National Emergency Seeming Less Likely


Aidan O'Connor

After a week of debating whether or not he could use his powers as commander in chief to declare a national emergency, President Donald Trump has backed away from the idea.

President Trump shut down the government over three weeks ago due to deadlock between the White House and Congress over funding for a border wall. Trump is demanding $5 billion for the construction of a wall over 200 miles of the southern border. President Trump and close aides have threatened multiple times to declare a national emergency to get the funding for the wall, but now he seems to have changed his mind.

On Monday, Trump told reporters, “I’m not looking to call a national emergency. This is so simple, you shouldn’t have to do it.” In addition, he attempted to blame the Democrats for the shutdown. Trump claimed, “The Democrats should say, ‘We want border security.’ We have to build a wall, otherwise, you can’t have border security, And we should get on with our lives.”

This abrupt change comes after Trump gave an address to the American people, urging the Democrats to take action due to the “crisis” at the border of drugs, human trafficking, criminals, and gangs. White House officials constantly used the word “crisis” as well to describe the state of the border.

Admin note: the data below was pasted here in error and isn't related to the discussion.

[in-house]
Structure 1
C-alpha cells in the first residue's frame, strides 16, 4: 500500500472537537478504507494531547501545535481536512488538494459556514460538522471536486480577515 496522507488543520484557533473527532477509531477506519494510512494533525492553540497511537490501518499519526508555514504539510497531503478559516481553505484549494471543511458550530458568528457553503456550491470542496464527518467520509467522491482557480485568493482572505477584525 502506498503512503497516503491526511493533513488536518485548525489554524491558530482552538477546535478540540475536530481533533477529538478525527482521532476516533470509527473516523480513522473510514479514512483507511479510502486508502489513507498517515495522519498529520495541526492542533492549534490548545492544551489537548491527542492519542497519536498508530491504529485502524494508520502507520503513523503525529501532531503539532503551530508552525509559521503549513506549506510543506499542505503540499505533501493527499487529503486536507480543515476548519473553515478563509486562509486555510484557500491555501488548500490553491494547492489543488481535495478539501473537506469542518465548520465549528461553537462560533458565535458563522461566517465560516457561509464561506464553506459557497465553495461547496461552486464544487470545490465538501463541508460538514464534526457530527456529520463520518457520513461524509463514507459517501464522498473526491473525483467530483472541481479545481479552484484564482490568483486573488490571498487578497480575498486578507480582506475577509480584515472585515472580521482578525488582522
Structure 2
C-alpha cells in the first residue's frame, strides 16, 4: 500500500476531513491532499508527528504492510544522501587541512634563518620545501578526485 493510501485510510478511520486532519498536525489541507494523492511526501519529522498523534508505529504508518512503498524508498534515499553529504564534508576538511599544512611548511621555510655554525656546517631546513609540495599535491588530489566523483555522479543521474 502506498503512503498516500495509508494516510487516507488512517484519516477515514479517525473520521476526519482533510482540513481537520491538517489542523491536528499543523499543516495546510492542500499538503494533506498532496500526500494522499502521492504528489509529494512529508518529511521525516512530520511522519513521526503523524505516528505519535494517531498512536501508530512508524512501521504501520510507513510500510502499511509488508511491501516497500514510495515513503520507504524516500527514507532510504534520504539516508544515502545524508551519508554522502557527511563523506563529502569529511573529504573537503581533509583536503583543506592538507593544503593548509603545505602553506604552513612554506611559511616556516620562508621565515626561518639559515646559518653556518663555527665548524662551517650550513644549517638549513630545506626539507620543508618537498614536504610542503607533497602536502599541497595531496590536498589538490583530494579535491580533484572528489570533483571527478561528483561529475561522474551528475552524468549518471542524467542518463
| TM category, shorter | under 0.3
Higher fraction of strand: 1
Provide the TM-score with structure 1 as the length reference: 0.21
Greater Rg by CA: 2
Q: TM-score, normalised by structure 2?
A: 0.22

The government shutdown has now reached a record of 27 days, and it has affected all Americans in various ways, most notably the 800,000 workers who are not receiving their paychecks. Many have spoken out against Trump’s shutdown, including rap artist Cardi B. Cardi, who said, “We really need to take this serious and I feel like we need to take some action. I really feel bad for these people that got to go to work to not get paid.”

As Trump is trying to convince his base about the need for a wall, his approval ratings have plummeted. Within a month, it has fallen over three points to an approval rating of 39 percent, which is an abysmal number.

No one knows when the government will reopen, but the majority of Americans want to see it opened again. In a recent survey of over 50 Manhasset students, 82 percent of them wanted Trump to reopen the government. Out of those surveyed, less than 30 percent approved of Trump’s job as president, and over 70 percent disapproved. Due to these numbers, many Republicans urge Trump to reopen the government, in the fear that his reputation will be tarnished and will hurt Republicans’ 2020 chances.